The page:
Tor Finally fixed a bug that annoyed of DDoS

Launching DDoS attacks against dark web sites could soon be a little more difficult to pull off now Tor Project is preparing to fix a bug that has been abused by attackers for years.

A bug that annoyed for so many years . The bug itself is a denial of service (DoS) issue that an attacker can exploit to initiate thousands of connections to a targeted dark web site. 

The remote Onion service needs to negotiate a complex circuit through the Tor network to secure the connection between a user and the site’s server. As this process is very CPU resource intensive, initiating thousands of these connections can quickly overload a site’s server to the point where it can’t accept any new connections.

This is known and Tor Developers not released any patches or fix to overcome this obstacle

“The attacks exploit the inherent asymmetric nature of the onion service rendezvous protocol, and that makes it a hard problem to defend against. During the rendezvous protocol, an evil client can send a small message to the service while the service has to do lots of expensive work to react to it. This asymmetry opens the protocol to DoS attacks, and the anonymous nature of our network makes it extremely challenging to filter the good clients from the bad.”

To make matters worse, a tool named Stinger-Tor was uploaded to GitHub more than four years ago which allows anyone to carry out a DoS attack on a Dark Web site just by running a Python script. There are other tools like this one out there that exploit the bug in Tor and cyber crime groups have been selling them on underground forums.

Members of the Dread community have been encouraging users to donate to the Tor Project. These donations seem to have done the trick as developing a fix for this vulnerability is now being prioritized. The proposed fix won’t completely deal with the issue but it will make DoS attacks less effective against Dark Web sites.

The fix is scheduled to arrive with the upcoming Tor protocol 0.4.2 release and it should make things a bit easier for sites running on the Tor network.

Docker @ rare instance .. docked by DDoS malware

XORDDoS, also known as XOR.DDoS, first appeared in the threat landscape in 2014 it is a Linux Botnet that was employed in attacks against gaming and education websites with massive DDoS attacks that reached 150 gigabytes per second of malicious traffic.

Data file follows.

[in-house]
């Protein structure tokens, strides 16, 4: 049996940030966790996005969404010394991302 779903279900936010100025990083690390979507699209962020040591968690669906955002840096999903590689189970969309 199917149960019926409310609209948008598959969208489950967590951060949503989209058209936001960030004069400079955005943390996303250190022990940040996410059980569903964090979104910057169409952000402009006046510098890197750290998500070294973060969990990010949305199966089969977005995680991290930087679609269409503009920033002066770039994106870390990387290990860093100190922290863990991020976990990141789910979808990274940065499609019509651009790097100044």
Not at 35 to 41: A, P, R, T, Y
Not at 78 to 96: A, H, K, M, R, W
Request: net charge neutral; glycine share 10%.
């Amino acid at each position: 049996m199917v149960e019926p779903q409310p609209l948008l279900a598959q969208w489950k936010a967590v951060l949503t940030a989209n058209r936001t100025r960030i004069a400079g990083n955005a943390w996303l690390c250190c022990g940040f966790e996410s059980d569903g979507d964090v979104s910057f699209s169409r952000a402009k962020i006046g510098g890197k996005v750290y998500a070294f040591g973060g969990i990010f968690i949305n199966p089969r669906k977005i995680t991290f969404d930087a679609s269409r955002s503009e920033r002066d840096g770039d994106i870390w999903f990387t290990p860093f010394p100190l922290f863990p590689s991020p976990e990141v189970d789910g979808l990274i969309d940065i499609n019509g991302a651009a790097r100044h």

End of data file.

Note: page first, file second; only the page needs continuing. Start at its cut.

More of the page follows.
The Kaiji botnet was discovered by security researcher MalwareMustDie and the experts at Intezer Labs in April while it was targeting Linux-based IoT devices via SSH brute-force attacks.

Two variants of existing Linux botnet malware types targeting exposed Docker servers; these are XORDDoS malware and Kaiji DDoS malware .

Botnet operators are looking for Docker servers that expose port 2375, which is one of the two ports of the Docker API and it’s used for unauthenticated and unencrypted communications.

Experts pointed out that there is a notable difference between the attack methods implemented by the two malware variants. While the XORDDoS bot infects all the containers hosted on the Docker server, the Kaiji bot deploys the DDoS malware in its own container.

Upon compromising a Docker server, XORDDoS will run a sequence of commands to identify containers and infect them with the DDoS malware. The malware can also gather information about the compromised system, and it can download and execute other payloads.

URL linked to the attacker, experts discovered other malware such as Backdoor.Linux.DOFLOO.AB targeting Docker containers.Operators of the Kaiji bot scan the web for exposed Docker servers and deploy an ARM container that executed its binary. Operators leverage on a script to download and execute the main payload, and to remove Linux binaries that are basic components of the operating system but are not necessary for its DDoS operation.

Kaiji is also able to collect information about the compromised system, and of course to launch various types of DDoS attacks, including ACK, IPS spoof, SSH, SYN, SYNACK, TCP and UDP attacks.

Recommendations for security Docker servers:

1. Secure the container host. Take advantage of monitoring tools, and host containers in a container-focused OS.

2.Secure the networking environment. Use intrusion prevention system (IPS) and web filtering to provide visibility and observe internal and external traffic.

3.Secure the management stack. Monitor and secure the container registry and lock down the Kubernetes installation.

4.Secure the build pipeline. Implement a thorough and consistent access control scheme and install strong endpoint controls.
Adhere to the recommended best practices.
Use security tools to scan and secure containers.

Lucifer Malware Propels

A new devilish malware is targeting Windows systems with cryptojacking and DDoS capabilities.

Security experts have identified a self-propagating malware, dubbed Lucifer, that targets Windows systems with cryptojacking and distributed denial-of-service (DDoS) attacks.

The never-before-seen malware initially tries to infect PCs by bombarding them with exploits in hopes of taking advantage of an “exhaustive” list of unpatched vulnerabilities. While patches for all the critical and high-severity bugs exist, the various companies impacted by the malware had not applied the fixes.